Business South August 2022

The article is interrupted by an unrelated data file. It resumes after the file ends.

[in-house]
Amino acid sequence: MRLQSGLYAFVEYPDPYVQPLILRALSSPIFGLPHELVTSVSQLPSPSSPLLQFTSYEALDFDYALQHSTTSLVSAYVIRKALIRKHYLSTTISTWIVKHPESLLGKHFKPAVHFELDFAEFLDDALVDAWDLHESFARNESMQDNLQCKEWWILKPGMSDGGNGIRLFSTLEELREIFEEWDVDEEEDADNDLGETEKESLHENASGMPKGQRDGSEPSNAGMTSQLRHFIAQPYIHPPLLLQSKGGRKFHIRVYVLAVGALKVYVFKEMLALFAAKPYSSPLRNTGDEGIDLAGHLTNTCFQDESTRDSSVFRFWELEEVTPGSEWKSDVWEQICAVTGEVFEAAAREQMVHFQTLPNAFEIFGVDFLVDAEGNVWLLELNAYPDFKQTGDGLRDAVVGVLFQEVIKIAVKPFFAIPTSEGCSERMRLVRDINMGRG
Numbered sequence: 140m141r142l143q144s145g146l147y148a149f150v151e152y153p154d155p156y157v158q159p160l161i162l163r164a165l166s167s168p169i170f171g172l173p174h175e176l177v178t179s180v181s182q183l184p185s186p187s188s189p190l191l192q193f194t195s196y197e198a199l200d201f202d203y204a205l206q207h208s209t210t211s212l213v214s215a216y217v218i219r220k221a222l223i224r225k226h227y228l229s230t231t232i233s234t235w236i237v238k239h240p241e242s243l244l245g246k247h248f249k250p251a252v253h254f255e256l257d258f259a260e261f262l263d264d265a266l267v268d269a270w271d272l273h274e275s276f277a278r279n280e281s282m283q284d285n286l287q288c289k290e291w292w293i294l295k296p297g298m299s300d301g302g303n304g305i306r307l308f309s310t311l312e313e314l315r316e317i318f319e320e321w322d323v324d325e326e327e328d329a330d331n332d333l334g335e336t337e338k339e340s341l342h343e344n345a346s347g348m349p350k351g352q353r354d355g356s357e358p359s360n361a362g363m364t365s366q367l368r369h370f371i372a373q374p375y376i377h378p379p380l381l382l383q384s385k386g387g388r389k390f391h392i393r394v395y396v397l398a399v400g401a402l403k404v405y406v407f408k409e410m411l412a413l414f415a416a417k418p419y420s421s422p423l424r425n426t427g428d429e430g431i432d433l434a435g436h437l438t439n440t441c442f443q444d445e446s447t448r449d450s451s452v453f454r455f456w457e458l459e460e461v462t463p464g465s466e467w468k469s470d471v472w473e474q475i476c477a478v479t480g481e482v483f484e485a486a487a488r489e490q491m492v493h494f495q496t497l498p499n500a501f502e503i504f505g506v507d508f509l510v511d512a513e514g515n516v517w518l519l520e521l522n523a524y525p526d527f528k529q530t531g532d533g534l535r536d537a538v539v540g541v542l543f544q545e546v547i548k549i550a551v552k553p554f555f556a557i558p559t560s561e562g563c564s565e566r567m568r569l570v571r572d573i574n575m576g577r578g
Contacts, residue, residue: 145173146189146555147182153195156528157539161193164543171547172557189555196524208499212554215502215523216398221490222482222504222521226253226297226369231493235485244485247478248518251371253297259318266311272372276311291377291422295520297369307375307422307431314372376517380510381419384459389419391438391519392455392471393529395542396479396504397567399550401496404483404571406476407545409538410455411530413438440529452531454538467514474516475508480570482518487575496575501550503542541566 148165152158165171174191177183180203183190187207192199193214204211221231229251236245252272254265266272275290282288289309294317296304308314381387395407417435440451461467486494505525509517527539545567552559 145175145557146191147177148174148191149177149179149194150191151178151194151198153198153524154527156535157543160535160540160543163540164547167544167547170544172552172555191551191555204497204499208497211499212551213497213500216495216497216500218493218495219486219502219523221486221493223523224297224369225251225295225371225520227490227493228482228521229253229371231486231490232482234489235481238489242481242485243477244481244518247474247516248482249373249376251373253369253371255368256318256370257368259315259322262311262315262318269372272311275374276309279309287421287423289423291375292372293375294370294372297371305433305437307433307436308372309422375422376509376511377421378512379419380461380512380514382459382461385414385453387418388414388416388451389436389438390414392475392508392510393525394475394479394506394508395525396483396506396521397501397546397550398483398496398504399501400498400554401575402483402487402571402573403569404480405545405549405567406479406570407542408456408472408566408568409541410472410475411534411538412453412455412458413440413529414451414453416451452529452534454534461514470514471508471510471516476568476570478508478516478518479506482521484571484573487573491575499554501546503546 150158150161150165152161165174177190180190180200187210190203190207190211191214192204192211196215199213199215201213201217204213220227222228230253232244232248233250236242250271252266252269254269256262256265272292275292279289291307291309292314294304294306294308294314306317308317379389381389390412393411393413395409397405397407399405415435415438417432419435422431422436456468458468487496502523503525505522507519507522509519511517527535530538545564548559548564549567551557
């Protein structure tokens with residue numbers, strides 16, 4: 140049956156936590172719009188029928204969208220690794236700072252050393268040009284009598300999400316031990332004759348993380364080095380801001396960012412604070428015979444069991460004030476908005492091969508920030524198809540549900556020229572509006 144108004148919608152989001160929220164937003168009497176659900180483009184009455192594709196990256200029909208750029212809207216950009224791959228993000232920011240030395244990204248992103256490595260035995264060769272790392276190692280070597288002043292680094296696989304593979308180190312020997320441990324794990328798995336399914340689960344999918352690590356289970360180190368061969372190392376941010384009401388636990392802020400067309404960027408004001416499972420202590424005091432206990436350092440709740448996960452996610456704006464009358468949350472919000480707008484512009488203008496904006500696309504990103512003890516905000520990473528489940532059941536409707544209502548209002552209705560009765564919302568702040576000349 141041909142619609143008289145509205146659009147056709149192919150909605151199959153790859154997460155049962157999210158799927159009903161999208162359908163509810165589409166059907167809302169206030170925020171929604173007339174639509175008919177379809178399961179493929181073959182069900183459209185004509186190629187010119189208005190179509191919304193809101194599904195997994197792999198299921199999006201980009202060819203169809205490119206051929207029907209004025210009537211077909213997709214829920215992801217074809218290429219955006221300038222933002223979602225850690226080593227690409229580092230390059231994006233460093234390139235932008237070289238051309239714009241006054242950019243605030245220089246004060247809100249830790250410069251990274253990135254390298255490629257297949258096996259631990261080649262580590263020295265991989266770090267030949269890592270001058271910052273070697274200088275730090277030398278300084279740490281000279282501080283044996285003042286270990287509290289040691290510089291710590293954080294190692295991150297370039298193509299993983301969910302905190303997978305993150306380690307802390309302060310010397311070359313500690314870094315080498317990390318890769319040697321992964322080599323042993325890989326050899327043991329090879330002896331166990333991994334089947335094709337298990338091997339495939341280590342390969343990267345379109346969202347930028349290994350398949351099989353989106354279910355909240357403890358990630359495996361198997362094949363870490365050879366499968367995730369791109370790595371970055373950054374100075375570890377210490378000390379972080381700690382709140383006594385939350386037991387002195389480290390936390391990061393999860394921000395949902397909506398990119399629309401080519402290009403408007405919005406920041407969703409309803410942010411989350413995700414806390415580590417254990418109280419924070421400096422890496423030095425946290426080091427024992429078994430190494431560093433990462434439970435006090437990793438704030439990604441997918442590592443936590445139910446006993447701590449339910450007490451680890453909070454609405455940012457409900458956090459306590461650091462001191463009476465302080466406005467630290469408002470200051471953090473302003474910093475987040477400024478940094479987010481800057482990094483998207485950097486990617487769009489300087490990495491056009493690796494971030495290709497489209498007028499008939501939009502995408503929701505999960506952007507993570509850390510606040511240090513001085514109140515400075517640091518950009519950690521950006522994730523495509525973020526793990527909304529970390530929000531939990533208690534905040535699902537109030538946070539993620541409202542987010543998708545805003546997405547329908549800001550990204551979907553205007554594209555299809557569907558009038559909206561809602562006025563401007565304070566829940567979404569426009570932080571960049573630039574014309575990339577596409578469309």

54 | Waitaki: Canterbury Spinners REGIONAL DEVELOPMENT Shift to Oamaru driving growth Richard Loader A subsidiary of Godfrey Hirst, Canterbury Spinners Ltd has been a valued part of Waitaki community since 2013, following the demise of its Christchurch plant and operation as a result of the Christchurch earthquakes. Canterbury Spinners makes beautiful high quality wool yarns that are supplied to Godfrey Hirst and manufactured into the top-quality woollen carpets we know and love, the majority of which are exported to Australia and the United States. These woollen carpets are made in New Zealand. to page 56 Anywhere. Any�me. 24/7 | 0800 274 247 | HELP@ASHAIR.CO.NZ | WWW.ASHAIR.CO.NZ Compressor Sales & Installa�ons | Preventa�ve Maintenance | Remote Monitoring Overhauls | Hire Fleet & Leasing Solu�ons | Vacuum Pump Services Leak Detec�ons & Energy Audits | Breakdown Recovery & Emergency Air AshAir Compressed Air & Vacuum The company was formed in 1991 growing from a single site operation in Christchurch until the earthquakes, when it was employing close to 300 people. “We had also bought Feltex operations and had them operating in the North Island as Canterbury Spinners — one in Dannevirke and the other in Lower Hutt,” says General Manager Bruce Blair. “After the Christchurch earthquakes we ended up with just the two North Island sites, which didn’t have the capacity to produce the volumes we required. So, to safeguard our business, we purchased the Oamaru site, in the Waitaki district.” The site and machinery had been previously owned by Japan’s Sumitomo Corporation and traded as Summit Textiles Ltd. When that company made the decision to leave the district in 2013, making its staff redundant, Canterbury Spinners took the opportunity to buy the site, plant and equipment, rehiring 30 of the staff previously made redundant. Over the last nine years Canterbury Spinners’ Waitaki operation has progressively grown and now employs 130 staff, about half of which are completely new to the business. “We’re now working five days a week, three shifts a day, over 24 hours. The 130 staff are inclusive of administration, maintenance services and operations staff.” Once the shorn wool is scoured it is bought by Canterbury Spinners for processing. Scouring is the process of preparing and washing a batch of raw sheep’s wool to remove impurities like dirt and lanolin — a natural greasy substance in sheep’s wool. “That scoured wool is then taken through to a finished yarn that can be made into carpet,” explains Bruce. “From start to finish there are a number of work centres at our operation, from preparing the wool fibre which includes dying the fibre, blending the fibre, carding and spinning the fibre into yarn.